Why is it difficult to access financial services in the region? Is it a demand/supply issue? regulatory? or infrastructural?
A lot of it has to do with the mind-set. There are bright spots in Brazil and Chile, for example. But there are other countries where people and banks struggle to connect and stay connected. People must be aware and informed that tapping into mainstream banking services changes their life for the better. WSBI members in the region try to instil this sense of hope. They also provide a lot of support beyond the account. We have 554,000 social housing loans on the books; we help women in Peru to gain skills and start a business whose wares supply the world. Sometimes, the challenge is to regularly connect with people. This makes us think about not only access to accounts, but by how we fulfil peoples' needs. One example, in the Dominican Republic, is our member APAP: it led to a first-of-its kind effort to train staff in sign language to help the hearing impaired. Our member CAIXA in Brazil has a riverboat used as a floating bank, serving villages on the banks of the Amazon basin.
It shows that banks have to be creative to keep people plugged in and thriving. Bricks and clicks, and sometimes “sign" and “sailors", are needed too. Staff need to be on-board, both literally and figuratively!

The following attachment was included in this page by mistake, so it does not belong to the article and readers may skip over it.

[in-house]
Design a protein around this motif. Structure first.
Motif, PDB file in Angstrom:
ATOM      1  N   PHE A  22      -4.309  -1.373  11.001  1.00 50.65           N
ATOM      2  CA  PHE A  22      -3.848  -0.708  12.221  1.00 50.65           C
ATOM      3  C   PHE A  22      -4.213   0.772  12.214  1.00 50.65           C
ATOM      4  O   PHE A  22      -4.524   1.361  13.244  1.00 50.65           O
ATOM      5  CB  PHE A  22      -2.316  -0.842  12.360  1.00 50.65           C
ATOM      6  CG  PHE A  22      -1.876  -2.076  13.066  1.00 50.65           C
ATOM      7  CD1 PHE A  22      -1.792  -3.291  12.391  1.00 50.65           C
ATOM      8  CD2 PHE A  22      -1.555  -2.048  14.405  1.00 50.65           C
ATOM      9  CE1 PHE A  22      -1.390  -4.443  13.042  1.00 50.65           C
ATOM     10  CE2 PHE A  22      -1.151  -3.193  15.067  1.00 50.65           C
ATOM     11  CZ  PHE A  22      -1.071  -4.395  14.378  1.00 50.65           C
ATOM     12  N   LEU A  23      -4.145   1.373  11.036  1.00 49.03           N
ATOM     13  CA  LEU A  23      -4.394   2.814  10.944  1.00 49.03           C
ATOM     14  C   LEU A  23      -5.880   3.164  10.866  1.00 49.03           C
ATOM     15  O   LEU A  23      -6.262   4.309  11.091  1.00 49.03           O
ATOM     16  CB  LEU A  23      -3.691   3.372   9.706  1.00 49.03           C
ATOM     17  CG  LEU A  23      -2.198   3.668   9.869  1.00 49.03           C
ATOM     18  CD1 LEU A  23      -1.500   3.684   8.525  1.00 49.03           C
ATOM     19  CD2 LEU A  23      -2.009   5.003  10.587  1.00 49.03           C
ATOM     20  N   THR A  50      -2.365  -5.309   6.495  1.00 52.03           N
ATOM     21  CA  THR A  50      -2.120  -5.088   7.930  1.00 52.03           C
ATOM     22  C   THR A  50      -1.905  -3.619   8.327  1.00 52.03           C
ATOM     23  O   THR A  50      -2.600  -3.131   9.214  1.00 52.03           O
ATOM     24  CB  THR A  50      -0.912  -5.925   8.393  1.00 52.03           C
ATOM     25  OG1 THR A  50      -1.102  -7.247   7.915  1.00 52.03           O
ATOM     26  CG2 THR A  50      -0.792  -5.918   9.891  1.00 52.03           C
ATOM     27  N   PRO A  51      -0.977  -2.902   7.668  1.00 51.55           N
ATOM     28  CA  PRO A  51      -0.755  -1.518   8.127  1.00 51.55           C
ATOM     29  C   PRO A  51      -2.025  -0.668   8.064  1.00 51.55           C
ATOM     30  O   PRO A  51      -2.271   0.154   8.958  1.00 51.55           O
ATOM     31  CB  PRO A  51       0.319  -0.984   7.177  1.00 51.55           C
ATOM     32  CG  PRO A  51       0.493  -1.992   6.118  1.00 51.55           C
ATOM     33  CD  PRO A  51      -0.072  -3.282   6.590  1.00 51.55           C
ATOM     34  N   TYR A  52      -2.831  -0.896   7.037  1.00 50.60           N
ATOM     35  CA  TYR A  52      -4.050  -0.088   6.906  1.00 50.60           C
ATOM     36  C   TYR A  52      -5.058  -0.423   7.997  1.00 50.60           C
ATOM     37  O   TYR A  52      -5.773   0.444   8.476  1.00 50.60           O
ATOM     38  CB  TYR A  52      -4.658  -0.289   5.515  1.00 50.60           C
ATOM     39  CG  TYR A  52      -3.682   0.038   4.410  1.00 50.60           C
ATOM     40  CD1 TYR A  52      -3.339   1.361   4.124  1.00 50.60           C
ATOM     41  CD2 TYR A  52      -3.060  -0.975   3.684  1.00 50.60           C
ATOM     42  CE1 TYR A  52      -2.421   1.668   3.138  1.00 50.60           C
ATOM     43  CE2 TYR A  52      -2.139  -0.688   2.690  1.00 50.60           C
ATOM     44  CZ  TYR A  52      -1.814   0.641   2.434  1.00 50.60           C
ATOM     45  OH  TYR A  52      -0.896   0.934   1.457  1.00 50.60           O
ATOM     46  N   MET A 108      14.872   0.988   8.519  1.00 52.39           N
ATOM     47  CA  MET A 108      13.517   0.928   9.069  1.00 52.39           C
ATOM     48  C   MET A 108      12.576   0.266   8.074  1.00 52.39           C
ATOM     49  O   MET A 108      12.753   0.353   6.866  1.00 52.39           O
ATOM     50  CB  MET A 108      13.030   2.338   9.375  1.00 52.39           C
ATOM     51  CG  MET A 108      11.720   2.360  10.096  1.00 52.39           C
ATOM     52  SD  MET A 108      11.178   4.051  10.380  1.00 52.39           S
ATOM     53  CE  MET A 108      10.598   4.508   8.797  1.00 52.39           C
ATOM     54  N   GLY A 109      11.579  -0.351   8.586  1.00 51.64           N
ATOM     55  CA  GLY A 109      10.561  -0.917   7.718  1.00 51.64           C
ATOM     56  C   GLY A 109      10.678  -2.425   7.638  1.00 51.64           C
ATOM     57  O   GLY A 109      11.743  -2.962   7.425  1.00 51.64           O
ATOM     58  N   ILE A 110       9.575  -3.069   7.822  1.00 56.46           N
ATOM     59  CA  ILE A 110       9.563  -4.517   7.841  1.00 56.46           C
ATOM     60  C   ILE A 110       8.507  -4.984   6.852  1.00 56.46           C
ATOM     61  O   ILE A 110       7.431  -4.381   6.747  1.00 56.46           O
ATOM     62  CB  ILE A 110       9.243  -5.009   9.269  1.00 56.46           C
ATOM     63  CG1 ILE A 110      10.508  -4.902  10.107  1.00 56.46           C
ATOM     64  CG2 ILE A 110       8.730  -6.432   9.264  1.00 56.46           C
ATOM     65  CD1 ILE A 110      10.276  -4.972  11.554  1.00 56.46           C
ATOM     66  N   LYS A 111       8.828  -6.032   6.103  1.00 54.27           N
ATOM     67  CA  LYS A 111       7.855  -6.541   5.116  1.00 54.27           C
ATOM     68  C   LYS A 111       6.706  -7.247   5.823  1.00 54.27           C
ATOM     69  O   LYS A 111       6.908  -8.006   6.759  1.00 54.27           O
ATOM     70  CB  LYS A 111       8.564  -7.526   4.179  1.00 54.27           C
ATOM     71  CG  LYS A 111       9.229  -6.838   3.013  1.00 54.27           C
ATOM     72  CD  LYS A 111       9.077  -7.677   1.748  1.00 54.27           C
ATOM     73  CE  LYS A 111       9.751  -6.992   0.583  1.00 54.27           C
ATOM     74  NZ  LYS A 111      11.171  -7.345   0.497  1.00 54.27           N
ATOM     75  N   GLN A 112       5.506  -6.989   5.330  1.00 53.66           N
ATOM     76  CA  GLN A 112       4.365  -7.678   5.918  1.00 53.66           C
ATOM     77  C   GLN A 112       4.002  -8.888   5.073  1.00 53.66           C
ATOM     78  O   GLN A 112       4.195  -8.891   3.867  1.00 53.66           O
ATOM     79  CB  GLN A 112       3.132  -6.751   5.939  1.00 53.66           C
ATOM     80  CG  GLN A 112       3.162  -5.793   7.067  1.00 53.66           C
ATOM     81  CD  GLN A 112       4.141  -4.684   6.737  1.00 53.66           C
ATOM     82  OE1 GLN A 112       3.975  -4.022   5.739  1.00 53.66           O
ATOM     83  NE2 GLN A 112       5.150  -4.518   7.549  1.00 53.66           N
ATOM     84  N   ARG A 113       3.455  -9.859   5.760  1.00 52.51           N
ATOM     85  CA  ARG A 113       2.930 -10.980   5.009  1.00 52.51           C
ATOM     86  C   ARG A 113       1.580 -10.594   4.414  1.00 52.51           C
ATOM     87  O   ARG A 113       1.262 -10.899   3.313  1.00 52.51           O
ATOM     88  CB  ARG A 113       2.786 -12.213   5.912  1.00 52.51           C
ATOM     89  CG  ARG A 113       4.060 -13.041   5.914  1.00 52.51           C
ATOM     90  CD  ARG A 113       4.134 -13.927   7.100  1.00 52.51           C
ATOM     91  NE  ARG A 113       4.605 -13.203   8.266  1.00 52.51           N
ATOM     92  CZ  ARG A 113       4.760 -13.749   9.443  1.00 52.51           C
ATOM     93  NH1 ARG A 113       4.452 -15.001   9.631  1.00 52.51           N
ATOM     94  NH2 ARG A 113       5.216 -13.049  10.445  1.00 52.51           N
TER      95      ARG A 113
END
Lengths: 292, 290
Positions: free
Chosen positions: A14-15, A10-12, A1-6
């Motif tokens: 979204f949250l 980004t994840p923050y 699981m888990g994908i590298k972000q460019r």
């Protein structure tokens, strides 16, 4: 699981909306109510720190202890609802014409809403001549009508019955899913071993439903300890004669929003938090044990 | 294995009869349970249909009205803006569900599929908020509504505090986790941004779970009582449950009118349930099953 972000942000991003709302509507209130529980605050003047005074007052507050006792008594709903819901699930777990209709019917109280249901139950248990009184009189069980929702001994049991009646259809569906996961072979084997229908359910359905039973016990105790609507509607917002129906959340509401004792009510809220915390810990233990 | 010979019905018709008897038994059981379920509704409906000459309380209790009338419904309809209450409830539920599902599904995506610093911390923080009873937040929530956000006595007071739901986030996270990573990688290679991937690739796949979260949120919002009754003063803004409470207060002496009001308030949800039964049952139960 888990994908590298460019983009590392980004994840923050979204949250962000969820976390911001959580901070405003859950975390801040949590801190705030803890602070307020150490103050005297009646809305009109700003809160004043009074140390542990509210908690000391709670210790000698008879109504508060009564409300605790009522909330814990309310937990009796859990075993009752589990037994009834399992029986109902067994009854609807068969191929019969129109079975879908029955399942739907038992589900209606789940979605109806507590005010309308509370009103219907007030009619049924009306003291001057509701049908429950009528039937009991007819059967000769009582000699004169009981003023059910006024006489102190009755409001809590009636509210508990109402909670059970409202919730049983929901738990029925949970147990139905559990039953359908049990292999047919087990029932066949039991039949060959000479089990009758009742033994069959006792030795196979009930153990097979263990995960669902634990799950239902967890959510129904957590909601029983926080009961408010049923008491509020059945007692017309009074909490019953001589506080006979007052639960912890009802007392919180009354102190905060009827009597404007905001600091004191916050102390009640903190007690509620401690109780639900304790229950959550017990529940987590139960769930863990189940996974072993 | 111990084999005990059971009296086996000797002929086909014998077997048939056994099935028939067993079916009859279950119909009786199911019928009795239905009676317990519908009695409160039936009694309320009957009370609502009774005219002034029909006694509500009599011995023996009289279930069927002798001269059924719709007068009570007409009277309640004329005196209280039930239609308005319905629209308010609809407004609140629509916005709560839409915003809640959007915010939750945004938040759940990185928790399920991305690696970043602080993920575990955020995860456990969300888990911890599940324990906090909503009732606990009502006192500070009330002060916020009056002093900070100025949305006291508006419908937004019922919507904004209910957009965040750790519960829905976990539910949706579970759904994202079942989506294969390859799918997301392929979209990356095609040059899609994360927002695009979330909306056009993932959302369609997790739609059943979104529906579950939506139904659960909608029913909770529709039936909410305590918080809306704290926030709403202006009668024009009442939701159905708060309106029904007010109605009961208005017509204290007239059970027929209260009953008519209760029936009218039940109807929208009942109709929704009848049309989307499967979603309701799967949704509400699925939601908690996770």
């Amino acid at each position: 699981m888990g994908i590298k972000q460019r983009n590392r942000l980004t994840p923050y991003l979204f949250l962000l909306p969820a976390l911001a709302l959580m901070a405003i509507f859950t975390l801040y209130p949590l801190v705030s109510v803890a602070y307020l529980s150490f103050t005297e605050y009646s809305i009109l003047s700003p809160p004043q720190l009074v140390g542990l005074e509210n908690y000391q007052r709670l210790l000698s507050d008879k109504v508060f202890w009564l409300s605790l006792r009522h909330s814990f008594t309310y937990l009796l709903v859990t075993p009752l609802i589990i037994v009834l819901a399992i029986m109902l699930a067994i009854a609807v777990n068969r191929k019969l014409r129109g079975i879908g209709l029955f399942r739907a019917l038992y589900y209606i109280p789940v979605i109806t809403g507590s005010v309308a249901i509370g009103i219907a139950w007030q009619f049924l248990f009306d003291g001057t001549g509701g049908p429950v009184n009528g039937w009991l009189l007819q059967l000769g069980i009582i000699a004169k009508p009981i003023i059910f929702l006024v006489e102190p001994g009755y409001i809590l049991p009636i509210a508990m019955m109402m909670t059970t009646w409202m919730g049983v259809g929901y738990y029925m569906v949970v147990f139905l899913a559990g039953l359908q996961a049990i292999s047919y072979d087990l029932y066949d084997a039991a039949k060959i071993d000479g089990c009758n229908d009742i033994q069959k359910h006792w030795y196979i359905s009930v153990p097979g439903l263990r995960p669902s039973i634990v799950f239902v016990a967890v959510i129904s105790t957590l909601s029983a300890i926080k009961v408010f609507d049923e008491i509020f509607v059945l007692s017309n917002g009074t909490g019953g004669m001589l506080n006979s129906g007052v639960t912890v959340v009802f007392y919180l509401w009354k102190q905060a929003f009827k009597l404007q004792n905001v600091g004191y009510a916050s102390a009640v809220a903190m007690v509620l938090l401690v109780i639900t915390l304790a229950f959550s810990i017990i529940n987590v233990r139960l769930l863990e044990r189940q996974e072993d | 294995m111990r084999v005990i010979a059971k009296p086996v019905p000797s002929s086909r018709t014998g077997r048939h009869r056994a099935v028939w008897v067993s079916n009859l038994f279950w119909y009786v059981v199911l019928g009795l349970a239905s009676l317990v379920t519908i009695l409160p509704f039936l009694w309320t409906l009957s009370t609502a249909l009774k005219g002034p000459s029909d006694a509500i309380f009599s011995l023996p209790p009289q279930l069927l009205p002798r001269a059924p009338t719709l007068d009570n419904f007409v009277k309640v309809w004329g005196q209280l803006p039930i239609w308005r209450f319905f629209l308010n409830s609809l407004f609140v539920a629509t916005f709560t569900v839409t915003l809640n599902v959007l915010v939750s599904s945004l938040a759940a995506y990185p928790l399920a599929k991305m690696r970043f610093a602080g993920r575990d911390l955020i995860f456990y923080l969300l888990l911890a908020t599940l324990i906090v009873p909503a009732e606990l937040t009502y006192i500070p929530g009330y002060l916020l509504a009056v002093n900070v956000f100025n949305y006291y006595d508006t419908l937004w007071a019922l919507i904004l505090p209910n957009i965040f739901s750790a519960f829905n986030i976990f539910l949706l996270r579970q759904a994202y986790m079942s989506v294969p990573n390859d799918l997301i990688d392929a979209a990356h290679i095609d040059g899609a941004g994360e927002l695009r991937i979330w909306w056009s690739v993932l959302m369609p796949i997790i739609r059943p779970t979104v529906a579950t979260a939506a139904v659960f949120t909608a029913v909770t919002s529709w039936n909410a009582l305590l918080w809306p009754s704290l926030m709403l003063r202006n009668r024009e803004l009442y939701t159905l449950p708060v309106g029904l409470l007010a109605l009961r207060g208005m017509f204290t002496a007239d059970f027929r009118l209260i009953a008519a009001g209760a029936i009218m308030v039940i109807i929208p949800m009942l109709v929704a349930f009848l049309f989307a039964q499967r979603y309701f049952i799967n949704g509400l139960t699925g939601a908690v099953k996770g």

On the SME financing front, data show that the region stacks up pretty well against other developing markets. The trick is to make sure banks fill a need for SME financing, which in most of our membership is still the case.
When talking about inclusion, should we only think about infrastructure, service, products or also education?
Education is the pathway to inclusion. We have 5,000 banking outlets in the region and 137,000 staff trying to connect with people every day. SchoolBank – a way to teach money and banking basics – has been a success in many countries around the world. Perhaps it could be used more to bring awareness to a new level and hopefully change the way people think about highly personal subjects such as money. This should be done at an early age, and often.
As for infrastructure, it can help immensely. Especially when it comes to roads, utilities and phone / internet networks. When those are working, it becomes much easier to join people with bank services. Products have to be tailored to the needs while staying dependable. We see a lot of innovative products coming out of the Latin American region, especially on the digital front. When they innovate, banks see big gains in account numbers and use. Banks are in business to stay afloat and thrive, so they want to balance service with meeting needs, while addressing costs. Technology is really helping address this in so many ways, including in agent banking, payments and account use as well as back-office work. The digital wave sweeping banking will help bring more people out of the financial wilderness.
>> FELABAN agenda
>> Learn about WSBI in Latin America